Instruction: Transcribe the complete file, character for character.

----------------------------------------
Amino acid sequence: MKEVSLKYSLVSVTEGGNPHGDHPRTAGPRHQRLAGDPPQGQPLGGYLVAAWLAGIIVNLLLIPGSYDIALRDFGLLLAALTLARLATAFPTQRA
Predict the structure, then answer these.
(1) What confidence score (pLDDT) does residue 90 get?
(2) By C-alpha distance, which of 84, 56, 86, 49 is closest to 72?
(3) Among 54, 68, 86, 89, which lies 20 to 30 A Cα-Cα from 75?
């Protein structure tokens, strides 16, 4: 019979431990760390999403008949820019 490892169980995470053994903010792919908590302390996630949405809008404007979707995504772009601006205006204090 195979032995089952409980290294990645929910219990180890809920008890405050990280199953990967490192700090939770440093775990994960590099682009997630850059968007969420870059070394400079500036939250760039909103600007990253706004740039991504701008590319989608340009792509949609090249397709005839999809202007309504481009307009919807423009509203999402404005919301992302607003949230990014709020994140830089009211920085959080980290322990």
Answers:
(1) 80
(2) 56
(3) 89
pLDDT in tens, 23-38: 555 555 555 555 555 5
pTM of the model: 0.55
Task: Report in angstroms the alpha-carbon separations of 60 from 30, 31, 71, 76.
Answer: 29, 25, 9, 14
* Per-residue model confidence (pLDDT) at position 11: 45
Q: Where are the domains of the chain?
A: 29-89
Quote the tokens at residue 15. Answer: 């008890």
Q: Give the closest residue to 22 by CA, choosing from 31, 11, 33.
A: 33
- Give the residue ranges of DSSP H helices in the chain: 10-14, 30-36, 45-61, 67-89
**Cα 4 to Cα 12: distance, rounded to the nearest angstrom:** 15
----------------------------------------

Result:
Amino acid sequence: MKEVSLKYSLVSVTEGGNPHGDHPRTAGPRHQRLAGDPPQGQPLGGYLVAAWLAGIIVNLLLIPGSYDIALRDFGLLLAALTLARLATAFPTQRA
Predict the structure, then answer these.
(1) What confidence score (pLDDT) does residue 90 get?
(2) By C-alpha distance, which of 84, 56, 86, 49 is closest to 72?
(3) Among 54, 68, 86, 89, which lies 20 to 30 A Cα-Cα from 75?
């Protein structure tokens, strides 16, 4: 019979431990760390999403008949820019 490892169980995470053994903010792919908590302390996630949405809008404007979707995504772009601006205006204090 195979032995089952409980290294990645929910219990180890809920008890405050990280199953990967490192700090939770440093775990994960590099682009997630850059968007969420870059070394400079500036939250760039909103600007990253706004740039991504701008590319989608340009792509949609090249397709005839999809202007309504481009307009919807423009509203999402404005919301992302607003949230990014709020994140830089009211920085959080980290322990």
Answers:
(1) 80
(2) 56
(3) 89
pLDDT in tens, 23-38: 555 555 555 555 555 5
pTM of the model: 0.55
Task: Report in angstroms the alpha-carbon separations of 60 from 30, 31, 71, 76.
Answer: 29, 25, 9, 14
* Per-residue model confidence (pLDDT) at position 11: 45
Q: Where are the domains of the chain?
A: 29-89
Quote the tokens at residue 15. Answer: 């008890």
Q: Give the closest residue to 22 by CA, choosing from 31, 11, 33.
A: 33
- Give the residue ranges of DSSP H helices in the chain: 10-14, 30-36, 45-61, 67-89
**Cα 4 to Cα 12: distance, rounded to the nearest angstrom:** 15